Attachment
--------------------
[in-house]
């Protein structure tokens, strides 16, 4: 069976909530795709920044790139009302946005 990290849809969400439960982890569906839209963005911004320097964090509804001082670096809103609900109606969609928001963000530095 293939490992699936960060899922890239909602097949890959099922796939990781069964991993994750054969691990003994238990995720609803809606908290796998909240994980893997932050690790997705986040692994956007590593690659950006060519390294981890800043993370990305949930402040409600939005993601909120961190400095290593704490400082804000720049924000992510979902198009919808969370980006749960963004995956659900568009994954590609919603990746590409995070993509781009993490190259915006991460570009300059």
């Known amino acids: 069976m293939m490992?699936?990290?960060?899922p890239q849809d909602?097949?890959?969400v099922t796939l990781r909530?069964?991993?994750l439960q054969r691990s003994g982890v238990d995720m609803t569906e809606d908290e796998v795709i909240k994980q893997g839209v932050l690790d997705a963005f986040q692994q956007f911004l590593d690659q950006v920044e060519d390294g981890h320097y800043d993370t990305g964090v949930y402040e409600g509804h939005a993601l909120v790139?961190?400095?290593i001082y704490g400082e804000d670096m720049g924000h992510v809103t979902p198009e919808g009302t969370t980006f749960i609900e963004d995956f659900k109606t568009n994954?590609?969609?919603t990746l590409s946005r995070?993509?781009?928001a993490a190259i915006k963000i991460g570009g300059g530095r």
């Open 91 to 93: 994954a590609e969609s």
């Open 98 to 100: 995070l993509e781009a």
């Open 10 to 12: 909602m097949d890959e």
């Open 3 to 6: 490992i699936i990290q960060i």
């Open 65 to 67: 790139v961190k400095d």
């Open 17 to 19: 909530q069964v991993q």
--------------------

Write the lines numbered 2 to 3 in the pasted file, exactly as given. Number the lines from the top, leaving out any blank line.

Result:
């Protein structure tokens, strides 16, 4: 069976909530795709920044790139009302946005 990290849809969400439960982890569906839209963005911004320097964090509804001082670096809103609900109606969609928001963000530095 293939490992699936960060899922890239909602097949890959099922796939990781069964991993994750054969691990003994238990995720609803809606908290796998909240994980893997932050690790997705986040692994956007590593690659950006060519390294981890800043993370990305949930402040409600939005993601909120961190400095290593704490400082804000720049924000992510979902198009919808969370980006749960963004995956659900568009994954590609919603990746590409995070993509781009993490190259915006991460570009300059």
């Known amino acids: 069976m293939m490992?699936?990290?960060?899922p890239q849809d909602?097949?890959?969400v099922t796939l990781r909530?069964?991993?994750l439960q054969r691990s003994g982890v238990d995720m609803t569906e809606d908290e796998v795709i909240k994980q893997g839209v932050l690790d997705a963005f986040q692994q956007f911004l590593d690659q950006v920044e060519d390294g981890h320097y800043d993370t990305g964090v949930y402040e409600g509804h939005a993601l909120v790139?961190?400095?290593i001082y704490g400082e804000d670096m720049g924000h992510v809103t979902p198009e919808g009302t969370t980006f749960i609900e963004d995956f659900k109606t568009n994954?590609?969609?919603t990746l590409s946005r995070?993509?781009?928001a993490a190259i915006k963000i991460g570009g300059g530095r």